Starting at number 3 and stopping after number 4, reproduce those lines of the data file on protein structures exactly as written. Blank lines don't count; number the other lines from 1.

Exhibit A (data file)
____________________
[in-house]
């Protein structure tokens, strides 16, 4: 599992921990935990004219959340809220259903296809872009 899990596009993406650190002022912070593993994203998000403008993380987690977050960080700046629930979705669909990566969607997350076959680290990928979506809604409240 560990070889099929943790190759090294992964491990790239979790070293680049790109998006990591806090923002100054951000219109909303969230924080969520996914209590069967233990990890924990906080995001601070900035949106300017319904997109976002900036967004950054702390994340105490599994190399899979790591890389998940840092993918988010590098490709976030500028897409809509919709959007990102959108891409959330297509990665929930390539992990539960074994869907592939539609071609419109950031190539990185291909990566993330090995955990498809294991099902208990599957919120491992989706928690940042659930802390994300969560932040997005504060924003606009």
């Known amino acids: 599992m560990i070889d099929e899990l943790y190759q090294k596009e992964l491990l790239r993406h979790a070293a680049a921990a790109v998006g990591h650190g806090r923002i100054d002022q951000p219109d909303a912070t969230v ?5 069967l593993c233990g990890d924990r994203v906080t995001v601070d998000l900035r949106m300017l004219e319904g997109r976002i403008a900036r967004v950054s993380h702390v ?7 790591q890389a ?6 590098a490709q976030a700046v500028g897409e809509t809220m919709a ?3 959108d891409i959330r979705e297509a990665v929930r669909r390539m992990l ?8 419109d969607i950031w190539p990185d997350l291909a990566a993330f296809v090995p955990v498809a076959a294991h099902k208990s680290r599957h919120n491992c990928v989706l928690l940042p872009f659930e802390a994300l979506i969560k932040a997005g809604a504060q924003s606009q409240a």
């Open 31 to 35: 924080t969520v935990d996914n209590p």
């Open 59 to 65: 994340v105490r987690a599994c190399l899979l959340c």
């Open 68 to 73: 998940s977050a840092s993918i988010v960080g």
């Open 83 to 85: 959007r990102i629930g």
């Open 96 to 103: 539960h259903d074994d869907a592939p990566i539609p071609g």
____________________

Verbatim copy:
């Known amino acids: 599992m560990i070889d099929e899990l943790y190759q090294k596009e992964l491990l790239r993406h979790a070293a680049a921990a790109v998006g990591h650190g806090r923002i100054d002022q951000p219109d909303a912070t969230v ?5 069967l593993c233990g990890d924990r994203v906080t995001v601070d998000l900035r949106m300017l004219e319904g997109r976002i403008a900036r967004v950054s993380h702390v ?7 790591q890389a ?6 590098a490709q976030a700046v500028g897409e809509t809220m919709a ?3 959108d891409i959330r979705e297509a990665v929930r669909r390539m992990l ?8 419109d969607i950031w190539p990185d997350l291909a990566a993330f296809v090995p955990v498809a076959a294991h099902k208990s680290r599957h919120n491992c990928v989706l928690l940042p872009f659930e802390a994300l979506i969560k932040a997005g809604a504060q924003s606009q409240a």
């Open 31 to 35: 924080t969520v935990d996914n209590p």